Strathclyde Students Master the Science of Arcology

Arcosanti is once again home to students from Scotland’s University of Strathclyde Sustainable Engineering program! In January, after a two-year COVID hiatus, The Cosanti Foundation was able to continue this unique partnership and welcome three students to Arcosanti to learn about sustainable design on-site while carrying out their own research-led design projects. 

For those who are unfamiliar with The Cosanti Foundation-Strathclyde partnership, the University of Strathclyde’s Master of Science in Sustainable Engineering: Architecture & Ecology is an arcology-based degree program that includes a semester abroad at Arcosanti. The program was developed by Professor David Grierson, an Arcosanti alumnus and the course director of the program, in collaboration with Jeff Stein, former president of The Cosanti Foundation and a current Cosanti Foundation board member. 

This one-of-a-kind graduate program educates students about the relationship between architecture and ecology and examines how we produce and use energy, in order to develop  more sustainable practices. 

Split into three trimesters, the students spend the first three months taking classes at Strathclyde in Glasgow; the next three months working on an Arcosanti-specific group project and a theoretical arcology project while residing at Arcosanti; and the final three months focusing on an individual project of their choice and the writing of a master’s thesis.

This year, the Arcosanti community has had the pleasure of hosting Strathclyde students Ailsa Allan and Elise Scott from Scotland and Ben Negose from California. 


Elise, Ben, and Ailsa talking with Ana outside of East Housing, their residence while at Arcosanti. Photo courtesy of Cameron Lincoln.


While at Arcosanti, the students are given a unique opportunity to see firsthand a demonstration of what an arcology looks like and how it works, and to participate as part of the project.

“We had a lot of discussions about what an arcology and its built environment means,  but then actually being here and seeing it is such a valuable experience,” Elise said. 

For the past three months, the students have been working on collaborative research projects that provide The Cosanti Foundation with information that can be used in the future for items such as project proposals or grant proposals. 

Ailsa and Elise have been working together to research how to bring more solar power to Arcosanti.

“There are a few locations we are planning for solar panels. One is above the proposed EC5. We are trying to see what system size could go there and what potential energy that could bring in. From that, we are looking at data on how much energy each building around the site uses and how that could match the energy brought in by the solar panels. We are trying to do a bit of supply-and-demand matching,” Elise said. 

In addition, Ailsa and Elise have been building on research from a previous Strathclyde student who designed a welcome structure and carport for the visitor’s parking lot that would include a front desk and seating area, and serve as a formal outdoor arrival area. Ailsa and Elise are researching the energy that could be produced from solar panels on top of this structure, as well as what it would take to include charging stations for electric vehicles.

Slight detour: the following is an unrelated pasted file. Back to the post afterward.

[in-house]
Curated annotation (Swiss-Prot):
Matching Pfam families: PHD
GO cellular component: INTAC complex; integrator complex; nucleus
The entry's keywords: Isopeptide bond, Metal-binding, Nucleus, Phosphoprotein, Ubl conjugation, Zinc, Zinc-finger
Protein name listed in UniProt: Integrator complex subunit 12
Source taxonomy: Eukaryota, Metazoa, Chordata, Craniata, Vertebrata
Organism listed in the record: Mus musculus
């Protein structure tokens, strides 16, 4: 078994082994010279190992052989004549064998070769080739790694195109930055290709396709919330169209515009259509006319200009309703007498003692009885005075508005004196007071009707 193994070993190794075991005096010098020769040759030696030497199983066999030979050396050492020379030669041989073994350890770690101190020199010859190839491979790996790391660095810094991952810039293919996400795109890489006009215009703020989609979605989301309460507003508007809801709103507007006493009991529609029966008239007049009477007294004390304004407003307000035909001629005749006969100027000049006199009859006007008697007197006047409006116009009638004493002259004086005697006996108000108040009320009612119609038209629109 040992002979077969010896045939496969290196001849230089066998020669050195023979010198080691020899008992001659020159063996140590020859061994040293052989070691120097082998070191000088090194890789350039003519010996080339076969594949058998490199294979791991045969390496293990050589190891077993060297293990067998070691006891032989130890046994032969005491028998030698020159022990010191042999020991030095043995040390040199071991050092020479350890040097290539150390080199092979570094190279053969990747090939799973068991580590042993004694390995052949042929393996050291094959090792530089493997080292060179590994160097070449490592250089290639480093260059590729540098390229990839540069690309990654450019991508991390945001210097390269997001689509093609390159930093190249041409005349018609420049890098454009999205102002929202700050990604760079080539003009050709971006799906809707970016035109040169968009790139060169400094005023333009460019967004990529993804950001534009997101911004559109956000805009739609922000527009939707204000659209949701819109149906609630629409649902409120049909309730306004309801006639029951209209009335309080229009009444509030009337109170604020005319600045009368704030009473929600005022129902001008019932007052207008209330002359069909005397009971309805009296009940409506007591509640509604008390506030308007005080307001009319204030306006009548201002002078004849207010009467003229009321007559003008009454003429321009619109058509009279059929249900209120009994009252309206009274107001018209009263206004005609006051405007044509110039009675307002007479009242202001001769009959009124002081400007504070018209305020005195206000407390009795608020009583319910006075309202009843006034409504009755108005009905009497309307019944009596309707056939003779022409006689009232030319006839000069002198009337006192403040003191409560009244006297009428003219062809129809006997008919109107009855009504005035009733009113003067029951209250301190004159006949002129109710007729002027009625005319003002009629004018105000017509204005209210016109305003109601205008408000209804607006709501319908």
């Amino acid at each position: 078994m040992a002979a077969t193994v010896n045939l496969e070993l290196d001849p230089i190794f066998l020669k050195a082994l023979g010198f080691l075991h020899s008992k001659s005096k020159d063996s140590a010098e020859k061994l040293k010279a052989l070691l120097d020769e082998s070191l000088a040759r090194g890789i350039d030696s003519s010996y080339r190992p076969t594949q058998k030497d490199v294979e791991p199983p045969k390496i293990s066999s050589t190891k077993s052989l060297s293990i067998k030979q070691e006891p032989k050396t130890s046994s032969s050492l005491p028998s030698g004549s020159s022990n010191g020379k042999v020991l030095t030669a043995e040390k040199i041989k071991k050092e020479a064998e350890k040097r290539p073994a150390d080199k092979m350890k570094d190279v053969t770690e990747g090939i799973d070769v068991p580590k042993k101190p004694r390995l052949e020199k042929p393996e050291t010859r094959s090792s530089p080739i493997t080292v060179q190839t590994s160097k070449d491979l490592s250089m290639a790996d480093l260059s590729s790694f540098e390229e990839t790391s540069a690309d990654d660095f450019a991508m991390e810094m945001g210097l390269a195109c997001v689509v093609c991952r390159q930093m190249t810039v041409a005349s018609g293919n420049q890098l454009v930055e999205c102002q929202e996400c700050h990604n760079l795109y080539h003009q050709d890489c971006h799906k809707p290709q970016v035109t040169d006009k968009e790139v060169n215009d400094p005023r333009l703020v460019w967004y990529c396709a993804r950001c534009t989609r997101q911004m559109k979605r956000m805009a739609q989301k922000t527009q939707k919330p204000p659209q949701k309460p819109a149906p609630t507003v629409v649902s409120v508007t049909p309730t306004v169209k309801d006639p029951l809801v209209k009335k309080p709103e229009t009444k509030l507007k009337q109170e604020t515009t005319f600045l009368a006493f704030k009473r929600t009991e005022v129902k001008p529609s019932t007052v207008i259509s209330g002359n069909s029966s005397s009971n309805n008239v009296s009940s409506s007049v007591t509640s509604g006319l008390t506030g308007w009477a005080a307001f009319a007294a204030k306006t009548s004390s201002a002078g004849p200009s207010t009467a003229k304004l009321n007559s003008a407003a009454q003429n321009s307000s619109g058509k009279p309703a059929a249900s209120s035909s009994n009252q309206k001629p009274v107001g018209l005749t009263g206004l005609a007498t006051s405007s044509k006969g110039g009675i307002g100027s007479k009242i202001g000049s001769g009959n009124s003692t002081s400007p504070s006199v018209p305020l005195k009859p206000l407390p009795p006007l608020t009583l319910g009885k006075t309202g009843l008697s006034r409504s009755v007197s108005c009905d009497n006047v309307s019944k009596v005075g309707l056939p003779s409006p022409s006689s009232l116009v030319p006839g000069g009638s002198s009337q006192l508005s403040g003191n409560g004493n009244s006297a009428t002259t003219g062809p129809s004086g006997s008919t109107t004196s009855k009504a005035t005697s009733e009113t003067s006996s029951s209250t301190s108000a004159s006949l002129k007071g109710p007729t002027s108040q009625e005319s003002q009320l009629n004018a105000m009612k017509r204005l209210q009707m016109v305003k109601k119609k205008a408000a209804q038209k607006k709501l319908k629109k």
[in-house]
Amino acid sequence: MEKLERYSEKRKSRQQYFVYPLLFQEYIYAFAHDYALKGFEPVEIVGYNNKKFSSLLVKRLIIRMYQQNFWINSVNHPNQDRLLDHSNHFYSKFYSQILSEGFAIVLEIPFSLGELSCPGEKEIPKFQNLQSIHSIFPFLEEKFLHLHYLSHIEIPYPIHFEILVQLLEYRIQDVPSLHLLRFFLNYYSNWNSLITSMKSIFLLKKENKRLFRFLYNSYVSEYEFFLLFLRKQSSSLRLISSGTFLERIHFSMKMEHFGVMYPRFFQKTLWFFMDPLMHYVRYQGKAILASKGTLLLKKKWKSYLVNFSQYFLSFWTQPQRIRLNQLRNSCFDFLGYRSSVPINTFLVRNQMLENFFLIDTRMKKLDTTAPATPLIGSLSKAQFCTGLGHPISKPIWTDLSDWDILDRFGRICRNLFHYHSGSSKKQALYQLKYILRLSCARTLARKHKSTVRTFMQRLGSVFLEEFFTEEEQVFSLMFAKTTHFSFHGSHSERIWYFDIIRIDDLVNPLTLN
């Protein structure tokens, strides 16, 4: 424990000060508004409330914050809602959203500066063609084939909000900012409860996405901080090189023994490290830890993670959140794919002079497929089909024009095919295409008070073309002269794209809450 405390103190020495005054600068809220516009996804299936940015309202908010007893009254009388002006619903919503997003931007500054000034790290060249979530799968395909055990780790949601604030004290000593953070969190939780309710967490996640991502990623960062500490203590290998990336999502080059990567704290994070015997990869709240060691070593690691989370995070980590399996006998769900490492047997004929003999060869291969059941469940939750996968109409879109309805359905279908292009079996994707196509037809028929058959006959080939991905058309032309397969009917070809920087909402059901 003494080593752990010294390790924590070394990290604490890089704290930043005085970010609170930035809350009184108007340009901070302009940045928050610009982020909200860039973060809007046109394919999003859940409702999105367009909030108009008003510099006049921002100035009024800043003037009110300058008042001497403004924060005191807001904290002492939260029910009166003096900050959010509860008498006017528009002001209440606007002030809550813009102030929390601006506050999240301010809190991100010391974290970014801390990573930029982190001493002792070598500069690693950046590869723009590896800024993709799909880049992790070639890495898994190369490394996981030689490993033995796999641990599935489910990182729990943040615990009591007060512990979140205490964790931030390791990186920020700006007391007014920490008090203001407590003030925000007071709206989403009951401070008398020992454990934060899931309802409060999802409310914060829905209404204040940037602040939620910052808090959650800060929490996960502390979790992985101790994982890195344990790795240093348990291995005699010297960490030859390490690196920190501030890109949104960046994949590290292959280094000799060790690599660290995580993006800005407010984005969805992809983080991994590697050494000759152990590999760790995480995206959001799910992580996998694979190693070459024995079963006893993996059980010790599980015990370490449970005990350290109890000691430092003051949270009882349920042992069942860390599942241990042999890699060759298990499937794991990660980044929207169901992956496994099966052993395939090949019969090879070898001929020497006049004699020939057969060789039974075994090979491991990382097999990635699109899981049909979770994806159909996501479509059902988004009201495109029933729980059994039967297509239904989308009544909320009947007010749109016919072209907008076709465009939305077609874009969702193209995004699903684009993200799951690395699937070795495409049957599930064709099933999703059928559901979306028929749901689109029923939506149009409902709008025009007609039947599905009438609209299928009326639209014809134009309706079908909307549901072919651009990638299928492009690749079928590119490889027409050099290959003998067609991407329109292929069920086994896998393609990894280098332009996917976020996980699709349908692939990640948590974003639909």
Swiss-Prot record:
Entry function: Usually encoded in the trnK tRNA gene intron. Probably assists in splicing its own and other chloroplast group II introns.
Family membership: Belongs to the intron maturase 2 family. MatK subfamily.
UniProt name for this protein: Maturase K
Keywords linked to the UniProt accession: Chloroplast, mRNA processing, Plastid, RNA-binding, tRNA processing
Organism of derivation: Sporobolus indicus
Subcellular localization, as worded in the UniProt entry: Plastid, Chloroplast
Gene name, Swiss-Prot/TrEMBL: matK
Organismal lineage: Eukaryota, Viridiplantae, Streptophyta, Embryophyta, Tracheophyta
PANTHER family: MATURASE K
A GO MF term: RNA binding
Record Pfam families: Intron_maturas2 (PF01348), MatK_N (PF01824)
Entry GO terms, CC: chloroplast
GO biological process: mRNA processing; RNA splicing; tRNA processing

Ben has been working remotely with his project partner, Anna (who still resides in Scotland), on the plans for the long-awaited West Crescent.

“I am focusing on energy analysis and predicting the energy use of the building based on what ideas we have now, and Anna is focusing on the design of it. As one part of our project changes, so will another part. She has ideas on what the structure should look like, and she will relay that to me. Then, the measurements I use for the building will change and I will run the energy analysis of the new dimensions. My goal is to provide energy targets for this building. These targets will provide direction as to what type of materials or lighting we should be using, to use up the least amount of energy,” Ben said.

Staff of The Cosanti Foundation are responsible for delivering the instructional modules at Arcosanti, and they oversee the group projects.

Ana Catalina Vazquez Ramirez and Cameron Lincoln have been working alongside Director of Site Management Scott Riley and other members of the Cosanti Foundation Planning Group to redesign the arcology curriculum for the Strathclyde students. One recent module introduced the students to Youngsoo Kim, a current board member and practicing architect, who is providing deeper theoretical and historical background and as well as an applied professional understanding of the principles of arcology. “It’s going great. It’s a good program, and we are getting great feedback from the students,” Lincoln said.

Along with their studies, Ailsa, Elise, and Ben have been integrating themselves into the Arcosanti community by attending events and getting to know all the people who live on-site.

“Coming from COVID lockdowns and spending most of my time in my room, to speaking to people all the time again, I think that has been really nice and has shown the value of a community. You can rely on each other and help each other out,” Elise said.

Architecture, ecology, and community: it’s an education like none other, and it’s only available at Arcosanti.

To learn more about the University of Strathclyde’s Master of Science in Sustainable Engineering: Architecture & Ecology click here.


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